Difference between revisions of "Phosgene"

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'''Phosgene''', or carbonyl chloride, is a very toxic gas with a formula of COCl<sub>2</sub>.  
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| Name = Phosgene
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| Reference =
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| IUPACName = Carbonyl dichloride
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| PIN = Carbonyl dichloride
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| SystematicName =
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| OtherNames = Carbon dichloride oxide<br>Carbon oxychloride<br>CG<br>Chloroformyl chloride<br>Dichloroformaldehyde<br>Dichloromethanal<br>Dichloromethanone
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| Section1 = {{Chembox Identifiers
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| Section2 = {{Chembox Properties
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| AtmosphericOHRateConstant =
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| Appearance = Colorless gas
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| BoilingPt =
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| BoilingPtC = 8.3
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| BoilingPt_ref =
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| BoilingPt_notes =
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| Density = 1.432 g/cm<sup>3</sup> (0 °C, liquid)<br>4.248 g/L (15 °C, gas)
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| Formula = COCl<sub>2</sub>
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| HenryConstant =
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| LogP =
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| MolarMass = 98.92 g/mol
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| MeltingPt =
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| MeltingPtC = −118
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| Odor = Suffocating, fresh cut hay-like
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| pKa =
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| pKb =
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| Solubility = Reacts
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| SolubleOther = Reacts with [[alcohol]]s, [[amine]]s, [[carboxylic acid]]s<br>Soluble in glacial [[acetic acid]], [[benzene]], [[carbon tetrachloride]], [[chloroform]], [[dichloromethane]], [[toluene]]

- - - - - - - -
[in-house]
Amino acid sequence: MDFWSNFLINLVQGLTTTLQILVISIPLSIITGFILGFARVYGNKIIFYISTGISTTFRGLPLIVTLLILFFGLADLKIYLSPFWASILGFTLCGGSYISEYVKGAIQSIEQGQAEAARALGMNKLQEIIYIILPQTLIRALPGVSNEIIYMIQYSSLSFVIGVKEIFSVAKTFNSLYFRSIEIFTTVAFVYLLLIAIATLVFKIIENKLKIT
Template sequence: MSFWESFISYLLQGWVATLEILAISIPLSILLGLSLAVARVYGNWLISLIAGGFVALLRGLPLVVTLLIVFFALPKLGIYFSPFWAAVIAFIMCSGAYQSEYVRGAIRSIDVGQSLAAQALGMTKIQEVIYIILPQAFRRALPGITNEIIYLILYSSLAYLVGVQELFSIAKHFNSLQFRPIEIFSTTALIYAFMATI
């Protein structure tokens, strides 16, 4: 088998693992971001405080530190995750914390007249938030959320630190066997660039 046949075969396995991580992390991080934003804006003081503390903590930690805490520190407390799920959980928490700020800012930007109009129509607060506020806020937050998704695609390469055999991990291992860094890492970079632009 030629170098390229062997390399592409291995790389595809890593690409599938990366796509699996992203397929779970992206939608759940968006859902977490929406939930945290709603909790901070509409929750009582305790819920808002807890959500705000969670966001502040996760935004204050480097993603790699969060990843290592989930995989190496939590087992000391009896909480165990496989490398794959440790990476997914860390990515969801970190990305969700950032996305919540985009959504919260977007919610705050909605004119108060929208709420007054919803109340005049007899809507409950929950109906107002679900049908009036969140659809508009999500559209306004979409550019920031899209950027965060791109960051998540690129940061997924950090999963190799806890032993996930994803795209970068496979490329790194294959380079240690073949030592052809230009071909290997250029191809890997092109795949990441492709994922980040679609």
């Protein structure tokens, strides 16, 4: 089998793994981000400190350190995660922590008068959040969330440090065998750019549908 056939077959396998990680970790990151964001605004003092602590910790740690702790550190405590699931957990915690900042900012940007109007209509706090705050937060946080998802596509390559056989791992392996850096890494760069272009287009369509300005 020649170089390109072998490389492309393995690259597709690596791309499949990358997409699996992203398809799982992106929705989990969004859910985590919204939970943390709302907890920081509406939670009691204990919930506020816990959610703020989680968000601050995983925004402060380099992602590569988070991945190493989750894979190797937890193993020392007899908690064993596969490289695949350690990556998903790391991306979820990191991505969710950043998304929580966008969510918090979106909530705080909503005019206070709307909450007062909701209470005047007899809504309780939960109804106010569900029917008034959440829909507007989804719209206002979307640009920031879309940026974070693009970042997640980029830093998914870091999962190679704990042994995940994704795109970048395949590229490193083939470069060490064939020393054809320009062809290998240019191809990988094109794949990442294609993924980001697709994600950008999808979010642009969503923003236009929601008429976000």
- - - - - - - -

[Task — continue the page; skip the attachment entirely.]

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| VaporPressure = 1.6 atm (20 °C)
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| AutoignitionPt = Non-flammable
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| ExternalMSDS = [https://www.mathesongas.com/pdfs/msds/MAT18660.pdf MathesonGas]
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| FlashPt = Non-flammable
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| LD50 =
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| LC50 = 500 ppm (human, 1 min)<br>340 ppm (rat, 30 min)<br>438 ppm (mouse, 30 min)<br>243 ppm (rabbit, 30 min)<br>316 ppm (guinea pig, 30 min)<br>1022 ppm (dog, 20 min)<br>145 ppm (monkey, 1 min)
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| MainHazards = Deadly<br>Corrosive
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| OtherCompounds = [[Formaldehyde]]<br>[[Urea]]
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'''Phosgene''', or '''carbonyl chloride''', is a very toxic gas with a formula of '''COCl<sub>2</sub>'''.  
  
 
== Properties ==
 
== Properties ==
Line 8: Line 117:
 
===Chemical===
 
===Chemical===
  
Phosgene is not very stable. It reacts with water, forming [[carbon dioxide]] and [[hydrochloric acid]]. It is also quite reactive with various organic substances, which makes phosgene an important industrial chemical and precursor to things like plastics. Heat causes phosgene to decompose into [[carbon monoxide]] and [[chlorine]].
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Phosgene is not very stable. It reacts with water, forming [[carbon dioxide]] and [[hydrochloric acid]]. However, one must remember that this reaction is ''slow'', which makes water a very ineffective phosgene scrubber! It is also quite reactive with various organic substances, which makes phosgene an important industrial chemical and precursor to things like plastics. Heat causes phosgene to decompose into [[carbon monoxide]] and [[chlorine]].
  
 
== Availability ==
 
== Availability ==
  
 
Phosgene is sold in cylinders. However, given its extreme toxicity, organizations do not sell it to home chemists.
 
Phosgene is sold in cylinders. However, given its extreme toxicity, organizations do not sell it to home chemists.